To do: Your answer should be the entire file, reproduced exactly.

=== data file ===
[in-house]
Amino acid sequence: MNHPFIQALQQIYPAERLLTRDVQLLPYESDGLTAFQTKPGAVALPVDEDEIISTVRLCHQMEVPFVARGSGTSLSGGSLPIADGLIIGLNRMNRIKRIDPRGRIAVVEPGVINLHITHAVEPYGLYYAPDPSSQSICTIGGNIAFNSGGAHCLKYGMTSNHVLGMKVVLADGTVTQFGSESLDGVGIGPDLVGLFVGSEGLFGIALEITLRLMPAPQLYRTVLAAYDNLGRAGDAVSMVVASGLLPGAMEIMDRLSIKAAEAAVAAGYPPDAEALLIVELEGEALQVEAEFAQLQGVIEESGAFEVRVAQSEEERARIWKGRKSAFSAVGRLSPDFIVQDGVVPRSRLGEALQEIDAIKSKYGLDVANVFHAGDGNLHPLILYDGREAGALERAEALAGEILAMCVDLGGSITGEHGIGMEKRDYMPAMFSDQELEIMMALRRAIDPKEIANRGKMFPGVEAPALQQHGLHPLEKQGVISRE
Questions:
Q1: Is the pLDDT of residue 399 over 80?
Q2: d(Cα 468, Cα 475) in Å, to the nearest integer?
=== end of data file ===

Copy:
[in-house]
Amino acid sequence: MNHPFIQALQQIYPAERLLTRDVQLLPYESDGLTAFQTKPGAVALPVDEDEIISTVRLCHQMEVPFVARGSGTSLSGGSLPIADGLIIGLNRMNRIKRIDPRGRIAVVEPGVINLHITHAVEPYGLYYAPDPSSQSICTIGGNIAFNSGGAHCLKYGMTSNHVLGMKVVLADGTVTQFGSESLDGVGIGPDLVGLFVGSEGLFGIALEITLRLMPAPQLYRTVLAAYDNLGRAGDAVSMVVASGLLPGAMEIMDRLSIKAAEAAVAAGYPPDAEALLIVELEGEALQVEAEFAQLQGVIEESGAFEVRVAQSEEERARIWKGRKSAFSAVGRLSPDFIVQDGVVPRSRLGEALQEIDAIKSKYGLDVANVFHAGDGNLHPLILYDGREAGALERAEALAGEILAMCVDLGGSITGEHGIGMEKRDYMPAMFSDQELEIMMALRRAIDPKEIANRGKMFPGVEAPALQQHGLHPLEKQGVISRE
Questions:
Q1: Is the pLDDT of residue 399 over 80?
Q2: d(Cα 468, Cα 475) in Å, to the nearest integer?